It was especially good to see Lucas. The road has been a bit bumpy for him in the past few months, but it appears now that things have taken a turn for the better. He’s starting a new job in Dodge City come the 19th of June. The position will bring him closer to his family and give him a really good professional opportunity.

We’re gonna’ miss him a lot, but I wouldn’t for a moment take this opportunity from him. You could see by the beam on his face this morning that Lucas is a very happy man right now.

I don’t know Lucas as well as I should, but in the time I’ve known him I’ve come to see him as one of the kindest, gentlest men I’ve ever met. I did get to know him a bit better at our recent church retreat since he roomed with me. That’s when I re-named him “Cap’n Luke.”

An explanation is now in order.

Lucas has a condition known as sleep apnea, a breathing disorder, and to deal with it he sleeps with a device on his face that ensures that he doesn’t stop breathing while he’s asleep. It looks like an airline pilot’s oxygen mask.

By the time he got to the retreat on Friday the story of Jim Kegin’s sleep-talk was becoming a legend. Before he went to sleep that night he offered an advance apology in case the sound of the device disturbed either Jim or me.

He really didn’t need to. Neither Jim nor I heard anything at all.

But, on Saturday morning when he woke up he asked me if he had said anything significant during the night. I couldn’t resist; it was too much like an NPR “softball.” “At about four-thirty I think I heard you say something like this,” I said, stifling my laughter. “Ladies and gentlemen, we have reached a safe cruising altitude and you are now free to move about the cabin.” My over the top humor didn’t phase Lucas a bit; he accepted it all in the gracious manner he does just about everything in his life. It was then I crowned him, to be known henceforth and forevermore, as “Cap’n Luke.”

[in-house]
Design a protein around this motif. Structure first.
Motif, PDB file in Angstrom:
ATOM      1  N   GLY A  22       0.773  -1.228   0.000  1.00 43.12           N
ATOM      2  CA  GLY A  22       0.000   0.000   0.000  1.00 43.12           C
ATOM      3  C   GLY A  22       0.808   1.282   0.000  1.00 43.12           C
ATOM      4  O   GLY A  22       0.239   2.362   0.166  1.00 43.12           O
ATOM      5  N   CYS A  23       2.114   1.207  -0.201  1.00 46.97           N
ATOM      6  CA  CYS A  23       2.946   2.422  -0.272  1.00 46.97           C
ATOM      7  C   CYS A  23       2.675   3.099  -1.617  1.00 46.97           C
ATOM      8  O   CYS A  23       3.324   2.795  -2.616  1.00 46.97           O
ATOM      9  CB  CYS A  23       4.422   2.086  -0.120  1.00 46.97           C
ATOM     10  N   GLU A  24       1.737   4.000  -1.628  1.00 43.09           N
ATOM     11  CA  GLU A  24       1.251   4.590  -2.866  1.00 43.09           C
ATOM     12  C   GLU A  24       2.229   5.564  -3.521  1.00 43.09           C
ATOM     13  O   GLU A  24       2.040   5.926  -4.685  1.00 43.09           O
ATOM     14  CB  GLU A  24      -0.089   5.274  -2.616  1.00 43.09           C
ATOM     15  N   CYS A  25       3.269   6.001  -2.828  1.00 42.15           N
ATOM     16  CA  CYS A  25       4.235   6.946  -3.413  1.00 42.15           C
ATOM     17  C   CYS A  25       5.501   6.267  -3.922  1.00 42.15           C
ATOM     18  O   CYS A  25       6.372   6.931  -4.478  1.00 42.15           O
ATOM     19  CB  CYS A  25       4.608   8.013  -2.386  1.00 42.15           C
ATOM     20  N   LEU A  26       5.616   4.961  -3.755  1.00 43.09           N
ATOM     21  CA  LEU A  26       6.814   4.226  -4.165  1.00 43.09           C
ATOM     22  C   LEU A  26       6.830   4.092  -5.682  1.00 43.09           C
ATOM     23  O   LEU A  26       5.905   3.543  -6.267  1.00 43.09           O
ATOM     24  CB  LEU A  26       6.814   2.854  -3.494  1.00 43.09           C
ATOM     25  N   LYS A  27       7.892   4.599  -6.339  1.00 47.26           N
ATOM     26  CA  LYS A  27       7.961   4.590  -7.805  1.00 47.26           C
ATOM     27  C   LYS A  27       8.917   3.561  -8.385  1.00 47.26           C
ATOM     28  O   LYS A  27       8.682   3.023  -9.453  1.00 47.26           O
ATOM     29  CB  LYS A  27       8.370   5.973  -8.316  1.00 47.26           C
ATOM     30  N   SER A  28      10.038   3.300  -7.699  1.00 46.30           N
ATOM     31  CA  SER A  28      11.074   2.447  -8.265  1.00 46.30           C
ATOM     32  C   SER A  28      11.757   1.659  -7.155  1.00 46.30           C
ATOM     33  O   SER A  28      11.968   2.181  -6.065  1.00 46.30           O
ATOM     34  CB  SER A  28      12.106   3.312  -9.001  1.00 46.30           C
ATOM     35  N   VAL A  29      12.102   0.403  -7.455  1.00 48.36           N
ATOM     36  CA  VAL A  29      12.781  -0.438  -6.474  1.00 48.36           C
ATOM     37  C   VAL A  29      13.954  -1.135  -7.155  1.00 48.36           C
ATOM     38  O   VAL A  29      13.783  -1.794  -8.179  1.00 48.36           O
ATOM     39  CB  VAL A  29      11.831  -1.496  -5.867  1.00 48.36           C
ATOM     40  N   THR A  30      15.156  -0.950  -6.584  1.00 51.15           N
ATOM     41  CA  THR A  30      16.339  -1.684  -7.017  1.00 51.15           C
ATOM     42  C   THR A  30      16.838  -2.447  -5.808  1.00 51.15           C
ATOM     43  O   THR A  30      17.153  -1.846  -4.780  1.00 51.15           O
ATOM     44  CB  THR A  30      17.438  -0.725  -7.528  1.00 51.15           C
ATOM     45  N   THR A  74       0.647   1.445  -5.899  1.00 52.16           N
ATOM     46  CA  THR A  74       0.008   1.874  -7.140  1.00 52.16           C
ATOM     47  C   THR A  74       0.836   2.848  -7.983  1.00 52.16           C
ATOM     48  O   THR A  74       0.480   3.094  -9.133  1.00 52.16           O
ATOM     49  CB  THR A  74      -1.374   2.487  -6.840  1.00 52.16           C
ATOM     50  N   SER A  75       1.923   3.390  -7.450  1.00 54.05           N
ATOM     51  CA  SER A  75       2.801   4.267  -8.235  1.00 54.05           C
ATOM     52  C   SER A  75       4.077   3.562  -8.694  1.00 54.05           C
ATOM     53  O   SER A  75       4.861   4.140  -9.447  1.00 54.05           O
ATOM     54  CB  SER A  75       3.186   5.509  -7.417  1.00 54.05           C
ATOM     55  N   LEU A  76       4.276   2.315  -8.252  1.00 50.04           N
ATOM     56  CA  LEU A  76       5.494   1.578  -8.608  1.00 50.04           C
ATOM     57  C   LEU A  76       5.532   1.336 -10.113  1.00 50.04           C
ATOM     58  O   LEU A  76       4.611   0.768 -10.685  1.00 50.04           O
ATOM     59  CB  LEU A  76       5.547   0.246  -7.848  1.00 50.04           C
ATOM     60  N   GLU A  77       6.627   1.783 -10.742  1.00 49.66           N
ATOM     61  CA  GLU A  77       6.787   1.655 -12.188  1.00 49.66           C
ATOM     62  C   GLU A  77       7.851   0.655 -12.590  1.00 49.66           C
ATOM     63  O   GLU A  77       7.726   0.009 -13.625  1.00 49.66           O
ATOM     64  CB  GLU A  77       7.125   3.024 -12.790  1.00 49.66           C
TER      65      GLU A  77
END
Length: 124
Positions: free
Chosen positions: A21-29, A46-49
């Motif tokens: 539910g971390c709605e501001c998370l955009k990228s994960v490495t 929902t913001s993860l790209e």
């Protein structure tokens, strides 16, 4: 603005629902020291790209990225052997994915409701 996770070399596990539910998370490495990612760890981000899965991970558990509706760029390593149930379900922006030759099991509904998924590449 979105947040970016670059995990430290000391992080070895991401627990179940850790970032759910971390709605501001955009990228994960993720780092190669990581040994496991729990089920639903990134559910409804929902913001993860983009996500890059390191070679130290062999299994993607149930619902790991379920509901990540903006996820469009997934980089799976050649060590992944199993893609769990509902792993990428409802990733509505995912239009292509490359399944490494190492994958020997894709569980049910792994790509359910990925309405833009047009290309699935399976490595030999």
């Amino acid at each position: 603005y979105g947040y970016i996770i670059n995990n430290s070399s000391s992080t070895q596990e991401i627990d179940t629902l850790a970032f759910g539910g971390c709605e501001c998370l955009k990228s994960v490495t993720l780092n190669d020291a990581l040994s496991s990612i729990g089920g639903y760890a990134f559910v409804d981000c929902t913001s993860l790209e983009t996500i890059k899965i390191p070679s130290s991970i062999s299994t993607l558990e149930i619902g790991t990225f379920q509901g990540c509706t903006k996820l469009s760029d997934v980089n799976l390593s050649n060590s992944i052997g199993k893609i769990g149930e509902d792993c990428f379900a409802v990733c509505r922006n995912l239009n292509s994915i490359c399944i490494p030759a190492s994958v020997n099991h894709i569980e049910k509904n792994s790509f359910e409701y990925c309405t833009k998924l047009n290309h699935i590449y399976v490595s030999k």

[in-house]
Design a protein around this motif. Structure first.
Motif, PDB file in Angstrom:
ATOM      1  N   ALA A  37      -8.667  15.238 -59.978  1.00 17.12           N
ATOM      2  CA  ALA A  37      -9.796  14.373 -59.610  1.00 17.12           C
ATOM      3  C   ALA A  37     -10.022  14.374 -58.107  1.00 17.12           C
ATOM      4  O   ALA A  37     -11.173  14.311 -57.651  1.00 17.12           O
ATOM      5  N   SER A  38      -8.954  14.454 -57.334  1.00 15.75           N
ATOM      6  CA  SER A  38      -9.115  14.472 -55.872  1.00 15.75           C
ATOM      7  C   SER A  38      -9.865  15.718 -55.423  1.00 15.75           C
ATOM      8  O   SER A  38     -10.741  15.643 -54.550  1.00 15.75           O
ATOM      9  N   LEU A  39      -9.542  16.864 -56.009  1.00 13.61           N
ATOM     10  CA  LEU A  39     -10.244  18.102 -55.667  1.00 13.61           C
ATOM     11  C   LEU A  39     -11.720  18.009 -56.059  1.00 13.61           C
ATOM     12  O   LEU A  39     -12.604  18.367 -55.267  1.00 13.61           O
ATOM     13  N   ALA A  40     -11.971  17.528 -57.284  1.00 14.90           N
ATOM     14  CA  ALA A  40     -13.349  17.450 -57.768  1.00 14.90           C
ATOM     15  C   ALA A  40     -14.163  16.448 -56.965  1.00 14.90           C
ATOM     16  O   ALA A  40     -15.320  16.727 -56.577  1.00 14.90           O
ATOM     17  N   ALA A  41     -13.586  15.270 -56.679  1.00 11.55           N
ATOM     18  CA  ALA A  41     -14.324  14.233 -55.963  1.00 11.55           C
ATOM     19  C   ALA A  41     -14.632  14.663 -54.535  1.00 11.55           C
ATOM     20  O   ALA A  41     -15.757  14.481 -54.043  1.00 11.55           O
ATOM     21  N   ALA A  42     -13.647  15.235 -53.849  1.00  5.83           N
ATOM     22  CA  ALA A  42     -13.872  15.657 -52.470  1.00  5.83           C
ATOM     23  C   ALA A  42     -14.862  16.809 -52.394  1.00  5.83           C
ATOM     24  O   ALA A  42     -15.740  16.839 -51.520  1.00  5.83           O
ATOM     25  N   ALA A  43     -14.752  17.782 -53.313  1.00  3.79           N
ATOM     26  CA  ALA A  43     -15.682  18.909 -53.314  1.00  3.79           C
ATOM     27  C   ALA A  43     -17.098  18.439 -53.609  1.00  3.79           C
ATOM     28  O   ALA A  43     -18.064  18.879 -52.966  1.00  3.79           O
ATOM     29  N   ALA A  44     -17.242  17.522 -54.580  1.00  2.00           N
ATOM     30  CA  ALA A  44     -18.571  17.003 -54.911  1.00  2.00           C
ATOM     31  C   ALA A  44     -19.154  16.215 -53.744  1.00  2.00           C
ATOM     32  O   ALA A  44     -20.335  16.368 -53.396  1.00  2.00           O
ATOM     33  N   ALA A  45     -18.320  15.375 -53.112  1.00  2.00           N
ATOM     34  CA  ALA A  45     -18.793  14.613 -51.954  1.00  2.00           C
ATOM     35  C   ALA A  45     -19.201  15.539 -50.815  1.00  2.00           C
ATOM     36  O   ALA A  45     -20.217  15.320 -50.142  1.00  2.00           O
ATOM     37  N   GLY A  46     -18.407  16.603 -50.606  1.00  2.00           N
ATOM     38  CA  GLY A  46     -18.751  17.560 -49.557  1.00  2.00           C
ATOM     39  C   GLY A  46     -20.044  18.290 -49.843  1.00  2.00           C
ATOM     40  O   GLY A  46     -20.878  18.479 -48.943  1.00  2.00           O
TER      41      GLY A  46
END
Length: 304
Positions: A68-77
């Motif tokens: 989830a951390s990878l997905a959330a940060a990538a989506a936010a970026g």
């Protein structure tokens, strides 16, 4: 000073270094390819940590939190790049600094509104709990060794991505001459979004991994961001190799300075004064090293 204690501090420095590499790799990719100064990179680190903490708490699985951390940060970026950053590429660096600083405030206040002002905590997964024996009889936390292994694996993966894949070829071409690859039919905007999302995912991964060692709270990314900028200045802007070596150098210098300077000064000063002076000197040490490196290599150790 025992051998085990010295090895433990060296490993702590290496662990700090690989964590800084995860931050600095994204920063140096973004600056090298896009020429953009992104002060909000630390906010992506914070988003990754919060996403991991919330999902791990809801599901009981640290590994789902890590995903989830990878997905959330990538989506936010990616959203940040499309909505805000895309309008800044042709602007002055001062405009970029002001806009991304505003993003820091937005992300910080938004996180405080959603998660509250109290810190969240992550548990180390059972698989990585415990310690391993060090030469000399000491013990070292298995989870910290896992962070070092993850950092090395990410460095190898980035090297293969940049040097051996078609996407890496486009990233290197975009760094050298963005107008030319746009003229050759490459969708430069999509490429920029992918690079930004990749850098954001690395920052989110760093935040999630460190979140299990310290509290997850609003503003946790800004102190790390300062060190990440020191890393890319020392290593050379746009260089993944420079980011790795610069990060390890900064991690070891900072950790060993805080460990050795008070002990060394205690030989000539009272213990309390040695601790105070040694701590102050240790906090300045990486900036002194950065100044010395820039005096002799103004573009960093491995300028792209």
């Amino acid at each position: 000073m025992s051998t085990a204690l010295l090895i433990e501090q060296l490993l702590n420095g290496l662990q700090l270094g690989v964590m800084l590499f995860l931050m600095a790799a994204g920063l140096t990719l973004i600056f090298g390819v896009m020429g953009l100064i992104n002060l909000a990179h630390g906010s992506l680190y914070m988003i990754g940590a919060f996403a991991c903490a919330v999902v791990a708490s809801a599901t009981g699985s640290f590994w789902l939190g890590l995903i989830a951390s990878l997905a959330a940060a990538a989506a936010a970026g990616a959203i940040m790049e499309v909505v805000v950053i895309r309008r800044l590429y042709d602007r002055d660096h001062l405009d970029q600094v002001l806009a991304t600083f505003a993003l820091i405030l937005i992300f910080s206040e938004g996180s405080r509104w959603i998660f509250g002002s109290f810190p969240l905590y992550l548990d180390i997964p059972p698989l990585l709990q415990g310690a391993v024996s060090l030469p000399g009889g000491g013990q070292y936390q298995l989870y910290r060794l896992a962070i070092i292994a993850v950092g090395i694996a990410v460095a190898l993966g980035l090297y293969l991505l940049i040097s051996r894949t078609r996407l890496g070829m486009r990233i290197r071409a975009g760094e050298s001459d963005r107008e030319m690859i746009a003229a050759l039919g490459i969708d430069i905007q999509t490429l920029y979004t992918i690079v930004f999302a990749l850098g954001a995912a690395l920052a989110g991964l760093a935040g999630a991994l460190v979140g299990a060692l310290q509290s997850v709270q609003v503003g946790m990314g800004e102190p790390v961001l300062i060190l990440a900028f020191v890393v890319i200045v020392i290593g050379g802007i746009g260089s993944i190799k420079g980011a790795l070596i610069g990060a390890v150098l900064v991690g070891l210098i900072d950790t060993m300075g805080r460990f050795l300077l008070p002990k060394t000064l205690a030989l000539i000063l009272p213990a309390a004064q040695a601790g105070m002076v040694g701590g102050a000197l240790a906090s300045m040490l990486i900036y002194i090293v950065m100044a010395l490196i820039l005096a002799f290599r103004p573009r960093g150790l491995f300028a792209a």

I’ve since kidded with him that I’m going to buy him some goggles and a Snoopy vintage leather pilot’s helmet. I’m sure if I do he’ll take it all in stride.

One of the wonderful things about Christian friendship is that we can share humor, even at difficult times in our lives. Humor and the merry heart are part of the bond of Christian friendship. I tend to believe that Jesus Himself occasionally had a bit of fun at the disciple’s expense. There may have been a noogie or two. And, who knows, the Master may have even “cut the cheese” and then looked around at Peter and said something like, “Whew, big boy, was that you?”

There’s something that can be very cathartic about humor. Holy Writ recognizes this principle:

Proverbs 15:13-14 (New Living Translation)

13 “A glad heart makes a happy face; a broken heart crushes the spirit.
14A wise person is hungry for truth, while the fool feeds on trash.”